Dysnomia: How Your Diet Plays a Role

Monday, 27 Sep 2010 04:20 PM

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Over the ages, many learning disabilities have come to be recognized. Earlier, adults and children were considered slow learners, but with the increased awareness of various learning disabilities and symptoms, people have learned to understand and treat such disabilities. 
 
What is Dysnomia?
Dysnomia is a very peculiar disease. Patients cannot retrieve the required word from their memory when they need to speak or write or do both. Most of us experience forgetfulness in our lives. Dysnomia, an expressive language problem, becomes a medical condition when it begins interfering with the daily activities in an individual’s life. A few doctors disagree with this view. They attribute dysnomia to cranial trauma or as a precursor to Alzheimer’s disease.

Can a good diet control dysnomia?
Most doctors diagnose the condition using neuropsychological tests. That said, there is no special diet plan for dysnomia. The condition cannot be cured, but can certainly be controlled to a certain extent. Patients can learn to adapt to their daily chores with the help of special strategies. The power of the brain can be boosted with the help of a healthy diet.

Can herbs in the diet help boost memory and mental recollection in people with dysnomia?
Alternative medicine provides several alternatives that can improve the memory power as well as mental strength. Most alternative therapies recommend a balanced diet for dysnomia to improve body immunity and strength.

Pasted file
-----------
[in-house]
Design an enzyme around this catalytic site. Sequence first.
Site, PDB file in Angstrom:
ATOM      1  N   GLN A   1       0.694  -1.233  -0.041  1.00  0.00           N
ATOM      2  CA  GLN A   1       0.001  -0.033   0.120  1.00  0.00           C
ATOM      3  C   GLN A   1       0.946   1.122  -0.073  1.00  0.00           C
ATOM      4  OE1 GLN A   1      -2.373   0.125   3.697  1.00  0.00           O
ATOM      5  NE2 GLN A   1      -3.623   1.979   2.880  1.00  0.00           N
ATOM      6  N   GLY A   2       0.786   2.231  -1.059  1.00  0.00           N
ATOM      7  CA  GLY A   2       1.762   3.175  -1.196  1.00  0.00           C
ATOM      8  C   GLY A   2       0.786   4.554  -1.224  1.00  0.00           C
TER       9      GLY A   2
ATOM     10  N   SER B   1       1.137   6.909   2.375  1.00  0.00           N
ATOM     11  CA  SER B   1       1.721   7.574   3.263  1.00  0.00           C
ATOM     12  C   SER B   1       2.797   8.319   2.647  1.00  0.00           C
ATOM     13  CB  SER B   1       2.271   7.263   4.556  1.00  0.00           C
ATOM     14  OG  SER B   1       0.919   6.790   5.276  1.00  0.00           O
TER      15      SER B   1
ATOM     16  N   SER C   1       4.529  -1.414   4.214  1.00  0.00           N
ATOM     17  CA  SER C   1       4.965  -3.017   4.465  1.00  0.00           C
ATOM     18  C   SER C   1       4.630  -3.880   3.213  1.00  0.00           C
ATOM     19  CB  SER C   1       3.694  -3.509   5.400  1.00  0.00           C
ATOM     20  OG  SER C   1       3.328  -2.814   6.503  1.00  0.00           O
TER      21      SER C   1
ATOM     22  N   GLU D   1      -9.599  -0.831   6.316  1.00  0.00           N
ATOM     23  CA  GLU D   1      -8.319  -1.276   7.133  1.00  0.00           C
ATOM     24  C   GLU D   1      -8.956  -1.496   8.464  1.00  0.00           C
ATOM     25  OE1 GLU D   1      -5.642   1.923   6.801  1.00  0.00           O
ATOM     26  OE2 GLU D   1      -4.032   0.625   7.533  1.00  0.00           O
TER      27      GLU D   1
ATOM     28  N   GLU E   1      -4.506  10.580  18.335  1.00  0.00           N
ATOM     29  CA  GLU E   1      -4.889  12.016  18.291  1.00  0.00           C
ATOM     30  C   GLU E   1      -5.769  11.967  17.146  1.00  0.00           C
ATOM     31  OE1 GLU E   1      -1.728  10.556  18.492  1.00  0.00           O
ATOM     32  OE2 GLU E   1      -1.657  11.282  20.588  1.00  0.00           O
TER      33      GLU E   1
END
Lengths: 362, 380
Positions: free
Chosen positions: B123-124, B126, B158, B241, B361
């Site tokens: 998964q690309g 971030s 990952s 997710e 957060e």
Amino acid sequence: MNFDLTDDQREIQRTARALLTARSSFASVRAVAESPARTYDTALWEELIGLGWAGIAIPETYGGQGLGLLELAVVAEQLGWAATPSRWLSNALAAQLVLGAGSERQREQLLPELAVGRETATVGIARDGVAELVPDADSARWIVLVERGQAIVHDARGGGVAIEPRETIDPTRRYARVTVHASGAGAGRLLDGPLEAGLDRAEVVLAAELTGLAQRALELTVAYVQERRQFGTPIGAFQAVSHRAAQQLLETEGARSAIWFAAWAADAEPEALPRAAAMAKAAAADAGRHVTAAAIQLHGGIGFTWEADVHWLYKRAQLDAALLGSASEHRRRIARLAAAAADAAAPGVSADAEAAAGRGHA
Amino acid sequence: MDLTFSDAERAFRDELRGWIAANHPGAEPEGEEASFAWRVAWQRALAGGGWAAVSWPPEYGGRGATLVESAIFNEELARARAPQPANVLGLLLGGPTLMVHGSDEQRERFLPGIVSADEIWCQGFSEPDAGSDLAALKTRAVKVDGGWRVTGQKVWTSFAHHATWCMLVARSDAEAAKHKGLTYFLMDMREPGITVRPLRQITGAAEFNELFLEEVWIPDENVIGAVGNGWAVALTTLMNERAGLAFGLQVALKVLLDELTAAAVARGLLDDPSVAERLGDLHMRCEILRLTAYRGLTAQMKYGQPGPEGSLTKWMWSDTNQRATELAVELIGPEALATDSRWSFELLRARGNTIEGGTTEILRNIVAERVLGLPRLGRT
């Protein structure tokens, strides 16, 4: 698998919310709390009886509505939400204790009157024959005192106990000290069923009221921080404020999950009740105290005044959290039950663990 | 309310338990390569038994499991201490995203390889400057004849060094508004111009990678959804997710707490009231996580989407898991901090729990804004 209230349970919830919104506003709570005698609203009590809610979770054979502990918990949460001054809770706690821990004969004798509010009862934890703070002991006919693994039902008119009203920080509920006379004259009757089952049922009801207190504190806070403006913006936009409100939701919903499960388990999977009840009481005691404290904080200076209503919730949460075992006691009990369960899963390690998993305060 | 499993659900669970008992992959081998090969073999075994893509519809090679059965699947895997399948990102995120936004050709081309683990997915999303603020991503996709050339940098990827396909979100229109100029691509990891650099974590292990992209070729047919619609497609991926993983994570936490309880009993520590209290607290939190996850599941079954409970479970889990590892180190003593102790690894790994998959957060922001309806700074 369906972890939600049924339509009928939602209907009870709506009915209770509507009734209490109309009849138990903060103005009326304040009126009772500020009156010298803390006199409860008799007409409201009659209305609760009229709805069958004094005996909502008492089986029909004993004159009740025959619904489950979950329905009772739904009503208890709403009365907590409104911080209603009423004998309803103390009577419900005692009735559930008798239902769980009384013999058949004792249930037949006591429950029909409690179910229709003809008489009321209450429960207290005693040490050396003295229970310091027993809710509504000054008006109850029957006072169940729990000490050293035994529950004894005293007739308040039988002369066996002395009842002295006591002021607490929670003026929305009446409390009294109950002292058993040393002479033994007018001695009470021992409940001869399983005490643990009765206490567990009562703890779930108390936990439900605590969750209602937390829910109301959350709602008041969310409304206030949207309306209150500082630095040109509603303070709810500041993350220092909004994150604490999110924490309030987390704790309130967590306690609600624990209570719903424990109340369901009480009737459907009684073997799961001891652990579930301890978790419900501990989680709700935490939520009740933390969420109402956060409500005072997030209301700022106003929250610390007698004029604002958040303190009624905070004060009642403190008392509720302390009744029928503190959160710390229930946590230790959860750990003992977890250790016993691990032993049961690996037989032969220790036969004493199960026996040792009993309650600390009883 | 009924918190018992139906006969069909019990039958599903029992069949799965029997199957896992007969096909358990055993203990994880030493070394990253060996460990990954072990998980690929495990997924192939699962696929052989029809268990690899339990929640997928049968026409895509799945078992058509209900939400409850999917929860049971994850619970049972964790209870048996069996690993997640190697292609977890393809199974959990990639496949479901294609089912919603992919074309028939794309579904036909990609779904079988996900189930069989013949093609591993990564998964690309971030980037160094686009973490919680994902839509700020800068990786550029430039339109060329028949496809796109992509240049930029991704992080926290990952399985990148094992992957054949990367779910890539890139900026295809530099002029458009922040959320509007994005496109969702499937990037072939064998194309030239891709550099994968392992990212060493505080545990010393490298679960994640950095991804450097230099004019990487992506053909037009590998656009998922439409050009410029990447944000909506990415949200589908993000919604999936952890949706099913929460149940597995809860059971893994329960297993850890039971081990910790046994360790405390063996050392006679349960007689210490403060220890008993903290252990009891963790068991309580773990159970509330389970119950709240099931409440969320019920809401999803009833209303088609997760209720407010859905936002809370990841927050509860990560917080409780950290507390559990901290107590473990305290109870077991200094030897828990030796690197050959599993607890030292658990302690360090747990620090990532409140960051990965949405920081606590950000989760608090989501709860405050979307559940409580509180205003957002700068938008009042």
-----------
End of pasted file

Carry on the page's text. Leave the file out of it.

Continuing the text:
A few herbs commonly recommended in a dysnomia diet are:
  1. Gingko Biloba is one of the best herbs used to treat circulatory disorders and boost memory. The herb has been particularly useful in treating dementia due to Alzheimer’s disease and could help control dysnomia. If you have nutrition bars, soft drinks, and fruit smoothies, then gingko should form a part of your diet. Research is still being conducted to determine detailed effects.
  2. Soy and isoflavones help boost memory. Phytoestrogens present in soy are considered to boost mental function in men and women. Clinical trials are being conducted to check the efficiency of soy-based diets for dysnomia.
  3. Ginseng is another popular herb that could form a part of a memory boosting diet for dysnomia. Ginseng is used for improving stamina and concentration. Recent findings suggest that multivitamins and antioxidants can protect the brain and prevent the loss of memory associated with dysnomia. It is important to consult an allopathic physician and a naturopath to draw up a good diet plan for dysnomia. The diet should include herbs, medications, and mental exercises to control the problem.

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